copyright restrictions. Copies of publications that are not copyrighted,
such as Government publications, grant reports, or unpublished papers,
are available from the Clearinghouse for a reproduction fee of $0.10 per
page. Journal articles and chapters in books are copyrighted and may be
found at research or university libraries.

Information Specialists can answer questions about copyright status and
ordering information, as well as guide you in selecting materials from
this bibliography or suggest other materials that may be useful to you.
In addition, Specialists are available to conduct customized searches
of Clearinghouse databases for a base fee of $5.00 plus $.20 per record.

For more information, please contact

National Clearinghouse on Child Abuse and Neglect Information
330 C St., SW
Washington, DC 20447
Tel.:  (800)394-3366 or 703-385-7565
Fax:   703-385-3206
E-mail:   nccanch@calib.com

 

INTERNET URL:    http://www.calib.com/nccanch

 

 

TITLE:    CHILDREN WHO WITNESS VIOLENCE: Selected Articles.

 

PUBLICATION YEAR:    1999

 

SOURCE:    NCCAN Annotated Bibliographies;  1999

 

KEY TERMS:    child witnesses;  alcohol abuse;  child witnesses of family violence;  spouse abuse;  etiology;  battering relationships;  battered women;  batterers attitudes;  assessment;  bettered women;  multiproblem families;  psychological evaluation;  evaluation methods;  confidentiality;  child abuse reporting;  passive abusers;  nonabusive parents;  criminal charges;  intervention strategies;  parental behavior;  child neglect;  social skills;  emotional development;  preschool children;  sequelae;  posttraumatic stress disorder;  resilience;  coping skills;  childrens services;  homeless shelters;  marital conflicts;  risk factors;  child psychiatry;  adults abused as children;  substance abuse;  depression;  health status;  suicide;  aggressive behavior;  prevention programs;  group therapy;  childrens therapy;  program evaluation;  therapeutic effectiveness;  family violence;  community violence;  prevention;  school violence;  child development;  psychological stress;  research needs;  intervention;  outcomes;  research reviews;  woman abuse;  social adjustment;  theories;  research methodology;  generational cycle of family violence;  family therapy;  family relationships;  parenting;  police role;  behavior problems;  data collection;  measures;  family environment;  adjustment problems;  individual characteristics;  psychological characteristics;  cognitive development;  family violence research;  sibling abuse;  spousal violence;  psychological abuse;  physical abuse;  schools;  academic achievement;  Juvenile delinquency;  homicide;  longitudinal studies;  federal statutory law;  state statutory law;  child custody;  visitation;  child welfare reform;  child abuse research;  symptoms;  sexual abuse;  prostitution;  adolescents;  family characteristics;  substance abusing parents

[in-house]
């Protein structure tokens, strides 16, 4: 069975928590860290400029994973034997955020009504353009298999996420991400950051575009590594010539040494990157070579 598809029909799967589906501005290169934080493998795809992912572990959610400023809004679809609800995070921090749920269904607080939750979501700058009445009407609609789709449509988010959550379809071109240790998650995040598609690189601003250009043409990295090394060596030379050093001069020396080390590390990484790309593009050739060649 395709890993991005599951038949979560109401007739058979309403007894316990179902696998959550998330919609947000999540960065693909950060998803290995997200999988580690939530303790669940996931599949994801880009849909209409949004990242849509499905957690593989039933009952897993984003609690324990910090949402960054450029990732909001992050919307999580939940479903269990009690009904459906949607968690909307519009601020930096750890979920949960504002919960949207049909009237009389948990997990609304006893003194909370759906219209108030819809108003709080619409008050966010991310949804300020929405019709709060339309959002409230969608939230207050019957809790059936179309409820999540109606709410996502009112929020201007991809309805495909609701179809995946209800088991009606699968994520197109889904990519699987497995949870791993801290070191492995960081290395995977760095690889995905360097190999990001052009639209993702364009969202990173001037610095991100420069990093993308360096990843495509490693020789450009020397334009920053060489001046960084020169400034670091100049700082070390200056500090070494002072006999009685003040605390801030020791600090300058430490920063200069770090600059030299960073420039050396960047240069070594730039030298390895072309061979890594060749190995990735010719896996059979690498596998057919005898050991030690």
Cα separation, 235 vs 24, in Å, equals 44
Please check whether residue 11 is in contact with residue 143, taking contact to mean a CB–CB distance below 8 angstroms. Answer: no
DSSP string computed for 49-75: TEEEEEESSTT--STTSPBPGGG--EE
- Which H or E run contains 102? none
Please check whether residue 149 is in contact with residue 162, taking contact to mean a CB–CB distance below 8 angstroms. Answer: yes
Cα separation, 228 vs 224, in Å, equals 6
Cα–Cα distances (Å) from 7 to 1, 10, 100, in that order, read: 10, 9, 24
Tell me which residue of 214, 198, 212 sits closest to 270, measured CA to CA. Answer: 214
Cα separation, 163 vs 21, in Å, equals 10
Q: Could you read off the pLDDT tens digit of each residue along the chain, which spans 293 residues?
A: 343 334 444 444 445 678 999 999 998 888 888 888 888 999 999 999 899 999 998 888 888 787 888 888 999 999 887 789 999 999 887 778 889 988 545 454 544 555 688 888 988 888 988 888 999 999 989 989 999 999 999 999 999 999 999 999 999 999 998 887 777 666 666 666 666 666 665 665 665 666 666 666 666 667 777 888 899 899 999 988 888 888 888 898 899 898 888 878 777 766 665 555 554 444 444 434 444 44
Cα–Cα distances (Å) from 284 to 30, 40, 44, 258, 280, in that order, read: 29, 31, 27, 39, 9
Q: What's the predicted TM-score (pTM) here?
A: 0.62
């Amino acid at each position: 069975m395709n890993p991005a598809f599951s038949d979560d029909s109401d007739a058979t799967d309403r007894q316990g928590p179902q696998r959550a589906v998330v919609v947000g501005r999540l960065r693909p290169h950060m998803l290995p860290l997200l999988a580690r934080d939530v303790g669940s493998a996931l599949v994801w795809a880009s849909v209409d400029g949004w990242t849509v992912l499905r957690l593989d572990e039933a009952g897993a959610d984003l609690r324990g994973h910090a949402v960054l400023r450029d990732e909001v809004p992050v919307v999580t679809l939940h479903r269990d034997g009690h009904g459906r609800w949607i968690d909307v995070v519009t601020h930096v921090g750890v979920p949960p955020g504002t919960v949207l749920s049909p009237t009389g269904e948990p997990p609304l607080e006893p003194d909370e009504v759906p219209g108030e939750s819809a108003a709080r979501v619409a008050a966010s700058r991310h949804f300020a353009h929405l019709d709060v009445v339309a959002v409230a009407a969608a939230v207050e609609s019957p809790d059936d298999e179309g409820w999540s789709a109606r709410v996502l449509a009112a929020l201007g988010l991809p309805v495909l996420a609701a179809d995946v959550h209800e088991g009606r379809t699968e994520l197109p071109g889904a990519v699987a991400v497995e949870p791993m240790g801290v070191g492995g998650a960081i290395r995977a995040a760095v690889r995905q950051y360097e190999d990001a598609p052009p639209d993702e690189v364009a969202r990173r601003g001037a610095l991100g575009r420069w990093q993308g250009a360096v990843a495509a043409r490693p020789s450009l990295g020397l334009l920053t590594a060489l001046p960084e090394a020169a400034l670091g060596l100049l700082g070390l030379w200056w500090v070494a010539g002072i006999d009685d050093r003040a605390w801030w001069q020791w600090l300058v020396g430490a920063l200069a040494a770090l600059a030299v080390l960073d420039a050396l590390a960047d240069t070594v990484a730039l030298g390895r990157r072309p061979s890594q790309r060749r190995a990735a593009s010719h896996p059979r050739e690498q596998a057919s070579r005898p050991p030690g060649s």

PUBLICATION TYPE:    Annotated Bibliography

 

INTRODUCTION:    This annotated bibliography is a product of the National Clearinghouse
on Child Abuse and Neglect Information. The references have been selected
from thousands of materials available in our database to provide you with
the most up-to-date information related to child victims, witnesses, and
perpetrators of violence.